Irish Christmas Traditions – Landeskunde Englisch

Ireland, like many countries, has a variety of Christmas traditions that are all of its own. Many of these customs have their root in the time when the Gaelic culture and faith of the country were being supressed and it is maybe since of that they have survived into modern times.

The Candle in the Window

The placement of a lighted candle light in the window of a home on Christmas eve is still practised today. It has a number of functions however mainly it was a sign of welcome to Mary and Joseph as they travelled trying to find.

The candle likewise indicated a safe location for priests to perform as, during this was not permitted.

The Table

After evening meal on Christmas eve the kitchen table was again set and on it were placed a filled with and, a of milk and a big lit candle light. The door to your home was left so that Mary and Joseph, or any roaming tourist, could of the welcome.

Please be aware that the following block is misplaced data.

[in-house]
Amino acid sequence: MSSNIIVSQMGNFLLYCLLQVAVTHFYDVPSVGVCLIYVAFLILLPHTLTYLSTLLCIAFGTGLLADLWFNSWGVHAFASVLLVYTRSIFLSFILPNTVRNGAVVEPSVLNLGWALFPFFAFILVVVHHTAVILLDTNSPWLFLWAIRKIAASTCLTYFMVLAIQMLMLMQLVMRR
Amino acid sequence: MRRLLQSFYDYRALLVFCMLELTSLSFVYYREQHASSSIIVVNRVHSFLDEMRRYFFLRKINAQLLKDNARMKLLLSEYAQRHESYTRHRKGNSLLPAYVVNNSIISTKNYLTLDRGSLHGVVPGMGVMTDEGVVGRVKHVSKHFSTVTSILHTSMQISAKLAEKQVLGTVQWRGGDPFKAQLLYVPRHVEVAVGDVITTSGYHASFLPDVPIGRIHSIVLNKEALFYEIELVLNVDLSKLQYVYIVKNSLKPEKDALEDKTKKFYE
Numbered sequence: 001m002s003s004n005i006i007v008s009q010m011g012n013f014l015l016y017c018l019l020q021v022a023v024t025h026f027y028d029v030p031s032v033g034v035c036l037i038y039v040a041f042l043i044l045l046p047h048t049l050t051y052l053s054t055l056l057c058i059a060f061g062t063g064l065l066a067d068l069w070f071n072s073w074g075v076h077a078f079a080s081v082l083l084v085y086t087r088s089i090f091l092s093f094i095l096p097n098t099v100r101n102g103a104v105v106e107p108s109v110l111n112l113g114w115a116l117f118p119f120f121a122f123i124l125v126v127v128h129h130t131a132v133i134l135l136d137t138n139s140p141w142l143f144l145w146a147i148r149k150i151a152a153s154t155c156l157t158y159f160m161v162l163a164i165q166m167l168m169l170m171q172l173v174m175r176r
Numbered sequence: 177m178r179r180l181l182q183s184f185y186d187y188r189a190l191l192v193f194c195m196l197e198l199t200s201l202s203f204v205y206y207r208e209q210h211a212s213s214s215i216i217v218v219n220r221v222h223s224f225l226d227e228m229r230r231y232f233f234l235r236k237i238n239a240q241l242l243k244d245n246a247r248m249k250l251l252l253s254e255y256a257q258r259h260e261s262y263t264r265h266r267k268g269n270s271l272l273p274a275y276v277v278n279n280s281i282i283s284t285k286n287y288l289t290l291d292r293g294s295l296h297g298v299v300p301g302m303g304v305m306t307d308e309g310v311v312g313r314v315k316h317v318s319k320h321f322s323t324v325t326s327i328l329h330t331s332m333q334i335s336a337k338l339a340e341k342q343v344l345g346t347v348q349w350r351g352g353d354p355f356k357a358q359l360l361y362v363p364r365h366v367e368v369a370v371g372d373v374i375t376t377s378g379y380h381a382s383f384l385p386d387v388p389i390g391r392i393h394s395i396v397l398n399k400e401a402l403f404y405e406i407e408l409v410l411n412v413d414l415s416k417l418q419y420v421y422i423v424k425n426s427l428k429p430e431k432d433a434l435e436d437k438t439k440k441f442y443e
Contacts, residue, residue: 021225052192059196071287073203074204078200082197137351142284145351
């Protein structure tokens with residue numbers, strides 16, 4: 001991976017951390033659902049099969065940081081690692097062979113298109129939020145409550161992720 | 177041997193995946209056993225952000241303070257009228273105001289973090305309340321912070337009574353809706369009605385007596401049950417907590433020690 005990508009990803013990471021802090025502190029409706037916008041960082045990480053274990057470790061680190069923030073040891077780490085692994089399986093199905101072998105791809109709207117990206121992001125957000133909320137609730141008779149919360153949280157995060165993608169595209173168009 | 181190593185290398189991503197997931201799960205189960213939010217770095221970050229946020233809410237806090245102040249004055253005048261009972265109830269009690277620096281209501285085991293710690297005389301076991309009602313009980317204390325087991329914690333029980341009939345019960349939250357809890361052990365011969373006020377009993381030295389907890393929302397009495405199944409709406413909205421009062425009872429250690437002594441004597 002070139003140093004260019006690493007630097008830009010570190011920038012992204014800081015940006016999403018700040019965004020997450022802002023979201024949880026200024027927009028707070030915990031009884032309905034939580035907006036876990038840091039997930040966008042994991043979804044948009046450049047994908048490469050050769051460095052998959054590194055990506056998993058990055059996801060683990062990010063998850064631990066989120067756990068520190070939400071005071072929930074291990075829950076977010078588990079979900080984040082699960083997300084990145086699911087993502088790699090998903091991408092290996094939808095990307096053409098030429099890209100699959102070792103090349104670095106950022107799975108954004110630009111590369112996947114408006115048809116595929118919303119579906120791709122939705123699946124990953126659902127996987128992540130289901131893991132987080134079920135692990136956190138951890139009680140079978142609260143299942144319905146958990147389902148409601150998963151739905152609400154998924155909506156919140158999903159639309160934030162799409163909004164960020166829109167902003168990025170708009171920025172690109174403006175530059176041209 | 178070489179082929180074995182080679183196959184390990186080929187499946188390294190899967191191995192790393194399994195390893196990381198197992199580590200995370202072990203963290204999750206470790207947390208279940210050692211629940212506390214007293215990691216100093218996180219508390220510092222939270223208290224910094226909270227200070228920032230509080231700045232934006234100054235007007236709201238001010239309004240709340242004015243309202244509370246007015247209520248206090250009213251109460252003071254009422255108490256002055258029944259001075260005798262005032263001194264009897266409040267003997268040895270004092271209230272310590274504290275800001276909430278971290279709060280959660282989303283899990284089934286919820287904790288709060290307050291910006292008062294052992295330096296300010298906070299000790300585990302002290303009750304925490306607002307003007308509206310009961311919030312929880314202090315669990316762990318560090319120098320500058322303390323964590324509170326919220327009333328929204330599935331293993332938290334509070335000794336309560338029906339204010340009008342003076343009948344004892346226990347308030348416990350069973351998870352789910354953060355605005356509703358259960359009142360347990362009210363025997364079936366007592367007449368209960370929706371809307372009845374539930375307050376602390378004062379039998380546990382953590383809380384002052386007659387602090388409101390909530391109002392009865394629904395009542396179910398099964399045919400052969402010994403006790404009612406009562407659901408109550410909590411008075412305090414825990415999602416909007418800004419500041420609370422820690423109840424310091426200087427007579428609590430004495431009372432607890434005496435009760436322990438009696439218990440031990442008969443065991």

The Wren Boy Procession

Throughout Penal Times there was as soon as a plot in a village versus the local soldiers. They were surrounded and were about to be when a group of pecked on their drums and awakened the soldiers. The plot stopped working and the wren became known as “The Devil’s bird”.

On a procession occurs where a pole with a holly bush is carried from house to house and families dress up in old clothes and with blackened faces. In olden times a real wren would be killed and put on top of the pole.

This customized has to a big degree disappeared however the tradition of visiting from house to house on St. Stephens Day has actually made it through and is quite part of Christmas.


The placement of a of on doors originated in Ireland as Holly was among the main plants that grew at Christmas time and which gave the bad ways with which to decorate their.

All designs are generally taken down on Little Christmas (January sixth.) and it is thought about to be bad luck to take them down ahead of time.

Standard Gaelic Salutation

The Gaelic greeting for “Merry Christmas” is: “Nollaig Shona Duit” … which is pronounced as “null-ig hun-a dit”.

Happy Christmas!

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